Loyal Members: A Bushel at a Time

Grow your share of the 19 million young people in member households.

September 06, 2010
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Credit unions face some tough issues that will require tough choices in the future. Management will need to focus on different forces at work in the market and different objectives in managing their balance sheets. They’ll need to weigh new opportunities against new challenges that sometimes will be directly opposed.

Credit unions, for example, now have the greatest opportunity to grow membership and assets. At the same time, they continue to experience losses on loans and investments, nearly invisible interest margins, and increased compliance burdens—all this, and a future where return on assets of 50 basis points (bp) to 60 bp may be considered a good year.

How can management take advantage of these growth opportunities without inflating assets to a point where the capital-to-asset ratio drops below the 7% “well-capitalized” level? King Solomon, where are you when we need you?

Grow your credit union membership, create new levels of revenue, and maintain needed capital levels by managing your balance sheet and adding members who use products and services that create revenue.

It has been said many times before (sometimes by this author), that credit unions have great opportunities to serve the young people in this country. The types of services they need and most often use are consumer loans, payment access, cards of all descriptions, and e-services. They generally don’t have large deposit balances, which increase assets, but they use the types of accounts and transactions that generate fee income and interest income. The loans they take have a considerably higher yield and spread than today’s options for investments.

It’s estimated that today’s 90 mil­lion members have 19 million children under 18 years old. Studies show the very best way to get loyal young members is through their parents’ memberships. Yet little progress is being made.

It’s hard work to get young people to join and the payback is small in the early years. Consider the following analogy: I can plant tomatoes in June, and enjoy them by late July. I receive some short-term payback (subject to the vagaries of weather, blight, and varmints) well worth my investment, but next year I start over.

An apple tree, on the other hand, costs much more than a tomato plant, and I get little or no payback the first two years. But year after year, the volume of fruit increases, and when it peaks I get bushels of great apples every year.

The evolution of a young member—with a small-balance checking account, a $300 credit card, and a student loan—into a loyal member—with a mortgage, one or more car loans, various cards and transaction accounts, and confidence in the credit union—is much like the apple tree. The relationship will produce great value for many years, and the investment in time to develop and nurture the member’s well-being through his or her evolution into responsible adulthood will be repaid many times over.

So go out there and get your share of those 19 million young people living in your members’ homes. Make it a primary objective, and challenge staff to make it happen. As with all things, you need a goal, a plan, clear-cut accountability, and real commitment. If you refuse to accept failure, you will succeed.

JOHN FRANKLIN is executive vice president and chief operating officer for the Credit Union National Association in Madison, Wis. Contact him at 608-231-4266.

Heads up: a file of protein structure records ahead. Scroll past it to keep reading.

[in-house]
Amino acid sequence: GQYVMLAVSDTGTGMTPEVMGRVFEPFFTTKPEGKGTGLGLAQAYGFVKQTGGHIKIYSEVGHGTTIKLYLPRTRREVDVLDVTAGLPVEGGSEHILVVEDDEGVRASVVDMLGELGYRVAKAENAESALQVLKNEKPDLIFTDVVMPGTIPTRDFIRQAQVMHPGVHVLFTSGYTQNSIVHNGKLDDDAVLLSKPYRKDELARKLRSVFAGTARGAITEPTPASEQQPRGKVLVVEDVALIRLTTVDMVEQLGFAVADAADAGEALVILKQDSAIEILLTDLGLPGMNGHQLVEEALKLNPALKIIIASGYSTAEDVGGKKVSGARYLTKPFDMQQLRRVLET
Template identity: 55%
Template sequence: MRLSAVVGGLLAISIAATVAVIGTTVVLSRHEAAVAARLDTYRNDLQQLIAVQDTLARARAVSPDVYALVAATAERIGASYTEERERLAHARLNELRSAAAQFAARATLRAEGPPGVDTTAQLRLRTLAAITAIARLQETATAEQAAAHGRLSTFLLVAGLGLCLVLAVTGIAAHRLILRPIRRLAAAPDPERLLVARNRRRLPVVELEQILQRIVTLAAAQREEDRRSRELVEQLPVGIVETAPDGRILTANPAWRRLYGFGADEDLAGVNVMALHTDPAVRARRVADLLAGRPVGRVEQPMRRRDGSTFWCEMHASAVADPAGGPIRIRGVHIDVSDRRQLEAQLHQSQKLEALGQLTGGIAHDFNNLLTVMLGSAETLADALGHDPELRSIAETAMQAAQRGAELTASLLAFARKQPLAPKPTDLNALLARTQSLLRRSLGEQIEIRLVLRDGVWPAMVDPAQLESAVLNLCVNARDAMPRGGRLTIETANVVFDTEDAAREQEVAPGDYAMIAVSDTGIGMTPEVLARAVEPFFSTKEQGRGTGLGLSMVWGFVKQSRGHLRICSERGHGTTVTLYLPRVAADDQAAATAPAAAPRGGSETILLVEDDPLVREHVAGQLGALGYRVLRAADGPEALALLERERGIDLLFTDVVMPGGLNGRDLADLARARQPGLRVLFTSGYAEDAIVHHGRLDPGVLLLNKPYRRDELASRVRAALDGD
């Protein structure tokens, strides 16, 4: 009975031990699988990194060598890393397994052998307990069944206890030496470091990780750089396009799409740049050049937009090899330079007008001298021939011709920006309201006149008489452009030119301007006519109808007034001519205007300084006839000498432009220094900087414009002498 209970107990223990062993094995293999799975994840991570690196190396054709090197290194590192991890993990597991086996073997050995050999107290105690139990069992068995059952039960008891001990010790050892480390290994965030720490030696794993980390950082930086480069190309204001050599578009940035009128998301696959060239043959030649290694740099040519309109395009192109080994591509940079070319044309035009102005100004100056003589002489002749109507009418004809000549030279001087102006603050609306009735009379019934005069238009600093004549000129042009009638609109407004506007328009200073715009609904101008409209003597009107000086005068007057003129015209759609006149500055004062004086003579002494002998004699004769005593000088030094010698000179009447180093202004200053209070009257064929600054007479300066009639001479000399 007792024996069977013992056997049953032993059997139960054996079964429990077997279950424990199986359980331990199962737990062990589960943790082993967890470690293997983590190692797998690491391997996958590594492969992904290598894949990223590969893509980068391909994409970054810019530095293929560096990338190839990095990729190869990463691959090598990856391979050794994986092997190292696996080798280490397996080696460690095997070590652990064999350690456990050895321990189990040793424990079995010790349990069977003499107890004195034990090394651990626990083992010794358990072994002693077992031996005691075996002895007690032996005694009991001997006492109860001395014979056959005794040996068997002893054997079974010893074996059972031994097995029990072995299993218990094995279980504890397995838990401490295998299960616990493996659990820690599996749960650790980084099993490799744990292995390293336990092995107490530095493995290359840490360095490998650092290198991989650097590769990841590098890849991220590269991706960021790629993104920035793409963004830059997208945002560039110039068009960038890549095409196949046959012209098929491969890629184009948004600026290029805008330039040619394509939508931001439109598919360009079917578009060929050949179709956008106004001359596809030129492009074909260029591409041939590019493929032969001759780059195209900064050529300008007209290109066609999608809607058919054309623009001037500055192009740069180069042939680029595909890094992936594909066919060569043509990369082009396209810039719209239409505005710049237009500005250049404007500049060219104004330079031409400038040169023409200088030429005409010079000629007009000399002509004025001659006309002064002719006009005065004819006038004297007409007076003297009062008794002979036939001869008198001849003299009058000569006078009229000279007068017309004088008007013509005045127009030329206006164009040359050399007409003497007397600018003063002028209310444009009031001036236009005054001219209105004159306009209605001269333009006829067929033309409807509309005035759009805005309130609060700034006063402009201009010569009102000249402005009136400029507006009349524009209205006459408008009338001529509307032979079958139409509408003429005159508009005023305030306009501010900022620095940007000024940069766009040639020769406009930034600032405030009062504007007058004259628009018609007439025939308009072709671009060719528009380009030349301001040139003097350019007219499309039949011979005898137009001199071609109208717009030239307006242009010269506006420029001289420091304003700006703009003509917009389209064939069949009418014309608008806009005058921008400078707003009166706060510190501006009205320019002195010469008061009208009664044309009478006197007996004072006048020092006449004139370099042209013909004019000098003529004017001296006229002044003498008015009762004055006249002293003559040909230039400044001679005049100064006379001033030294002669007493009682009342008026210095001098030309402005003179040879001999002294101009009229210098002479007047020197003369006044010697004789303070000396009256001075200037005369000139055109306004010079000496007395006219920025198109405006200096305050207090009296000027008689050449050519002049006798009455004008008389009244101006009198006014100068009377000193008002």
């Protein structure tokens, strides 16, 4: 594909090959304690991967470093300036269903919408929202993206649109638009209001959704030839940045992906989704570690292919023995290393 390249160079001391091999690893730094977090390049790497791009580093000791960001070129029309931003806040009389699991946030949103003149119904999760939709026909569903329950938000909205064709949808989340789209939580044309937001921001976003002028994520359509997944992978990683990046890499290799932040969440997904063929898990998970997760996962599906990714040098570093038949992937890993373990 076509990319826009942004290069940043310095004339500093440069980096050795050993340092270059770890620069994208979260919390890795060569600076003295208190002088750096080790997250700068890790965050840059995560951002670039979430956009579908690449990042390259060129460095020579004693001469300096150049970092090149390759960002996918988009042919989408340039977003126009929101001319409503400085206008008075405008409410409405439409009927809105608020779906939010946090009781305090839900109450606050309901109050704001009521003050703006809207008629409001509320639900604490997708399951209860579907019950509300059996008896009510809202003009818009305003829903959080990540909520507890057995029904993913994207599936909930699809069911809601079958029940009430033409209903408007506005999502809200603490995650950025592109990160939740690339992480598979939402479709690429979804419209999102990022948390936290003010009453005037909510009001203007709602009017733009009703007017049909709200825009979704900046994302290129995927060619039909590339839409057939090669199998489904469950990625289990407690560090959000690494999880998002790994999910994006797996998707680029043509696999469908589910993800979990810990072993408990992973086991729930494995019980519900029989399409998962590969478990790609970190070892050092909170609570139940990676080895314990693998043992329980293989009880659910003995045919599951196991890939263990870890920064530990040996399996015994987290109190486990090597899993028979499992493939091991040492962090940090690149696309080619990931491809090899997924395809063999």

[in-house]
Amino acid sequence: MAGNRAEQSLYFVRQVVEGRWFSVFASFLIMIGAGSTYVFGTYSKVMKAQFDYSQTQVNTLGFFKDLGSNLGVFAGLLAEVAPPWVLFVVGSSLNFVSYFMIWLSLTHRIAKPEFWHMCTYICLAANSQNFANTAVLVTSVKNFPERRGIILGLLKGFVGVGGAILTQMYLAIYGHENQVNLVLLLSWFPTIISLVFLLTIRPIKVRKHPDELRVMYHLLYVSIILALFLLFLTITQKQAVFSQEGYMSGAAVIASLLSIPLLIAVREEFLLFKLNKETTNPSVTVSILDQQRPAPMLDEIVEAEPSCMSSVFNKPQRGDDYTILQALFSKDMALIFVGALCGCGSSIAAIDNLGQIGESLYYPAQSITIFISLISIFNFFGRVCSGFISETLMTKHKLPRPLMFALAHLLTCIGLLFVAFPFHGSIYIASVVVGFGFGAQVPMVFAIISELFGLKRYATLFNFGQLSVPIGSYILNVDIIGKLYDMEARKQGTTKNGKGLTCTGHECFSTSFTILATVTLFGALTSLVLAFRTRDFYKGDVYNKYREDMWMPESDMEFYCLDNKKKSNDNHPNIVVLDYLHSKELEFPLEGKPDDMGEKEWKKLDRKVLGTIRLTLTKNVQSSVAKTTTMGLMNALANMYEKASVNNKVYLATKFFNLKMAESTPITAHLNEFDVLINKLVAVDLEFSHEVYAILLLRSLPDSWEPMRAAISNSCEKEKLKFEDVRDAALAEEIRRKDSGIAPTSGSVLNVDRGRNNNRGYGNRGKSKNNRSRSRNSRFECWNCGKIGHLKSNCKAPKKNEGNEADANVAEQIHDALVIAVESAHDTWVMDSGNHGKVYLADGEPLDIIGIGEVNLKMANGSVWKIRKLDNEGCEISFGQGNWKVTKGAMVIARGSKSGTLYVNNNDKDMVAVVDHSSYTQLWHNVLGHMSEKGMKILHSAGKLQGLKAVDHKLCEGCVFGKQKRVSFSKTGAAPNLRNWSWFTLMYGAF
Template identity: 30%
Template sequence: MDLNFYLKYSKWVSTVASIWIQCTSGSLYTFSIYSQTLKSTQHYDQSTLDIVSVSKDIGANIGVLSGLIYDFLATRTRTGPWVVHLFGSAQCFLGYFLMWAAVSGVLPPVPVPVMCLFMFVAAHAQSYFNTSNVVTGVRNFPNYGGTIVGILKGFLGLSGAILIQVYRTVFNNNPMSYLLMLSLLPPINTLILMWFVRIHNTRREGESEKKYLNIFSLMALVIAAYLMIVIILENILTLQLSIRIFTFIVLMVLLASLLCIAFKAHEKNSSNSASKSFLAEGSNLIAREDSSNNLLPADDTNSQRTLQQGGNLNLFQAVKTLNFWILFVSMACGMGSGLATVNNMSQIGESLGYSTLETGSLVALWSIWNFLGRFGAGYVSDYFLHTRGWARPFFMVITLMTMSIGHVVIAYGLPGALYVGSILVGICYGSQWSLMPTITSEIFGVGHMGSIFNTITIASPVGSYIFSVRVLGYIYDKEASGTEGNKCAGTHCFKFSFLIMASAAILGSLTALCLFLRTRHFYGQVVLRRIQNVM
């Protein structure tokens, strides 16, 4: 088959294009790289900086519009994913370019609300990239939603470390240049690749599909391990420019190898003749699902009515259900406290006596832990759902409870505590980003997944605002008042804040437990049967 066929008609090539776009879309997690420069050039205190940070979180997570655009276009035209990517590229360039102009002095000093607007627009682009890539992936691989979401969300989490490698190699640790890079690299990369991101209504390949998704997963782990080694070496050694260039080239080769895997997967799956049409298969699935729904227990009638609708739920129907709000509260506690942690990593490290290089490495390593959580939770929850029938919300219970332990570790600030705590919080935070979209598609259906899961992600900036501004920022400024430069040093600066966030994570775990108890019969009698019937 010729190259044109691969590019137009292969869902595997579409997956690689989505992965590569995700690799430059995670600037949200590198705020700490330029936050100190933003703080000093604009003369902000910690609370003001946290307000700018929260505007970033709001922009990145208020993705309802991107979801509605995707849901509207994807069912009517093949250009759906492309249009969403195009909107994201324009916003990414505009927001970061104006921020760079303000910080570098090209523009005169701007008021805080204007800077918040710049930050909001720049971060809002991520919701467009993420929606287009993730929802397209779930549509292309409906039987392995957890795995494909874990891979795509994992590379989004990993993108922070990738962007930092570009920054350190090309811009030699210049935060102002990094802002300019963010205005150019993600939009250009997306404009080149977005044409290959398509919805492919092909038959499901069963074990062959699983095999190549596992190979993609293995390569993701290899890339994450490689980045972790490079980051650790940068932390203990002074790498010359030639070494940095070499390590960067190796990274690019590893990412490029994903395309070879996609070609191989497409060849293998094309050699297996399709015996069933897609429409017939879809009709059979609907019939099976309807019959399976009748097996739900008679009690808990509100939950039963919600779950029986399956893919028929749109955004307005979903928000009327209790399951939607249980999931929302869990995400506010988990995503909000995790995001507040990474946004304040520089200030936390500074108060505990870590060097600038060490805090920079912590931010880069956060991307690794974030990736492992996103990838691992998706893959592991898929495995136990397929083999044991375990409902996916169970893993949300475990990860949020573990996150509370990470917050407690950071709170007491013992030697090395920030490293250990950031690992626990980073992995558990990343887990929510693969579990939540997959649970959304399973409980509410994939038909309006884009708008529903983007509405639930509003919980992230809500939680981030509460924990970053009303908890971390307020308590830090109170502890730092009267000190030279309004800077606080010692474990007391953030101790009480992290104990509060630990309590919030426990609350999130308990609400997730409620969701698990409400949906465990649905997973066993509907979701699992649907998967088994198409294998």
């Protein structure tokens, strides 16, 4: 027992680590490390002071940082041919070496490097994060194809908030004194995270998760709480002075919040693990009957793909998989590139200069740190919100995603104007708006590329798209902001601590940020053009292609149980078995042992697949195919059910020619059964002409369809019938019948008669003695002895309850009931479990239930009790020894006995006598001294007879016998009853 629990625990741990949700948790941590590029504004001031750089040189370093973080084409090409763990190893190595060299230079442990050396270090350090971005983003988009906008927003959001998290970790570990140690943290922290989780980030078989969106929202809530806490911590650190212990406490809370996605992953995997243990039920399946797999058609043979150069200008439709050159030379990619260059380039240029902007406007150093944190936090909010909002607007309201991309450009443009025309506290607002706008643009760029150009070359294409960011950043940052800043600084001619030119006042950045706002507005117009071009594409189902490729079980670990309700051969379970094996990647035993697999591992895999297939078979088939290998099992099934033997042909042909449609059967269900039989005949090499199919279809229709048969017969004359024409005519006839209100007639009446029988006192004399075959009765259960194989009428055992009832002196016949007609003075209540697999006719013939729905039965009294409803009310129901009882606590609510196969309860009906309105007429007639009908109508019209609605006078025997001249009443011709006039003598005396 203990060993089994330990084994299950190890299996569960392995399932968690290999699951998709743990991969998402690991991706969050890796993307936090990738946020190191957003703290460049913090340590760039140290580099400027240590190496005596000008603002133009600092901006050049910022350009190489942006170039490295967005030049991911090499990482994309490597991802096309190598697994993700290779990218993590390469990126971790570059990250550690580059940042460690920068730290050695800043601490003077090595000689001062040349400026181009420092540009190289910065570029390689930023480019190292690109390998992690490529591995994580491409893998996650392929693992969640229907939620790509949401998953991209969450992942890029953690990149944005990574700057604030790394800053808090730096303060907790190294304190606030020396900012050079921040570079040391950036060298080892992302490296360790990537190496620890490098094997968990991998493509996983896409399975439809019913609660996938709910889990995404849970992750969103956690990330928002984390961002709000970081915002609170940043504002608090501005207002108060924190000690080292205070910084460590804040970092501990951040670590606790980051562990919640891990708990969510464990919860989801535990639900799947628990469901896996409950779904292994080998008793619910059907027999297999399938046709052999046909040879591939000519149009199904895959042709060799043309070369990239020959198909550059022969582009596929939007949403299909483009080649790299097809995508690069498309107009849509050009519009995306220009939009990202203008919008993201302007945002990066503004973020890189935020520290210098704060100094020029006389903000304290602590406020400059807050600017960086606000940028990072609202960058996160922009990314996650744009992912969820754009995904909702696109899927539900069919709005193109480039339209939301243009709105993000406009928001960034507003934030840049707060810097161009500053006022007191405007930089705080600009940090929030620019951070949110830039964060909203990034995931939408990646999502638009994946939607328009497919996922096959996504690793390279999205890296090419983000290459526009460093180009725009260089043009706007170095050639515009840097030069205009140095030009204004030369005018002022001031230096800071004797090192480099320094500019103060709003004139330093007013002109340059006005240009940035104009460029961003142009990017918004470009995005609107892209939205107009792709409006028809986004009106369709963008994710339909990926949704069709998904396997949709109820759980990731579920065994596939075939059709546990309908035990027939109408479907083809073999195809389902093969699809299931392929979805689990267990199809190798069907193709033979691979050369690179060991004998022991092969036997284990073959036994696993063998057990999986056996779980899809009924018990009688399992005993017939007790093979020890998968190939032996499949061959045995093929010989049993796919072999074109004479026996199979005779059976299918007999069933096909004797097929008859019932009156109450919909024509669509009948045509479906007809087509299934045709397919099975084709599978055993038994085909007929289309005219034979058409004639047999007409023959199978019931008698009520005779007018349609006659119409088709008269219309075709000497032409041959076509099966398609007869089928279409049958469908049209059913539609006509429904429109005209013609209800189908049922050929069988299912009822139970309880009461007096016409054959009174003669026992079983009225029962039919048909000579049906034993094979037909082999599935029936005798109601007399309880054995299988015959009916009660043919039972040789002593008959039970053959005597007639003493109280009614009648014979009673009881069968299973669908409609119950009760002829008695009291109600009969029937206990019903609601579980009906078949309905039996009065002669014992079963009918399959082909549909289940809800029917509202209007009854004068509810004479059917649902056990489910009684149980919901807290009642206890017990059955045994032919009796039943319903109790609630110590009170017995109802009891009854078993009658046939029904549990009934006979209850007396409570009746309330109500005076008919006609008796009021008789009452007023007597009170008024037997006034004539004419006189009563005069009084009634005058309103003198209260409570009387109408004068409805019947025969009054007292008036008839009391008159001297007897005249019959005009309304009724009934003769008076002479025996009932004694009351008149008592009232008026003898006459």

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Great article! Unfortunately, most employees don’t feel valued or appreciated by their supervisors or employers. In fact, research has shown that the predominant reason team members quit their jobs is because they don’t feel valued. This is in spite of the fact that employee recognition programs have proliferated in the workplace – over 90% of all organizations in the U.S. has some form of employee recognition activities in place. But most employee recognition programs are viewed with skepticism and cynicism – because they aren’t viewed as being genuine in their communication of appreciation. Getting the “employee of the month” award, receiving a certificate of recognition, or a “Way to go, team!” email just don’t get the job done. How do you communicate authentic appreciation? We have found people have different ways that they want to be shown appreciation, and if you don’t communicate in the language of appreciation important to them, you essentially “miss the mark”. Additionally, employees need to receive recognition more than once a year at their performance review. Otherwise, they view the praise as “going through the motions”. A third component of authentic appreciation is that the communication has to be about them personally – not the department, not their group, but something they did. Finally, they have to believe that you mean what you say. How you treat them has to match the words you use. If you are not sure how your team members want to be shown appreciation, the Motivating By Appreciation Inventory ( will identify the language of appreciation and specific actions preferred by each employee. You then can create a group profile for your team, so everyone knows how to encourage one another. Remember, employees want to know that they are valued for what they contribute to the success of the organization. And communicating authentic appreciation in the ways they desire it can make the difference between keeping your quality team members or having a negative work environment that everyone wants to leave. Paul White, Ph.D., is the co-author of The 5 Languages of Appreciation in the Workplace with Dr. Gary Chapman.

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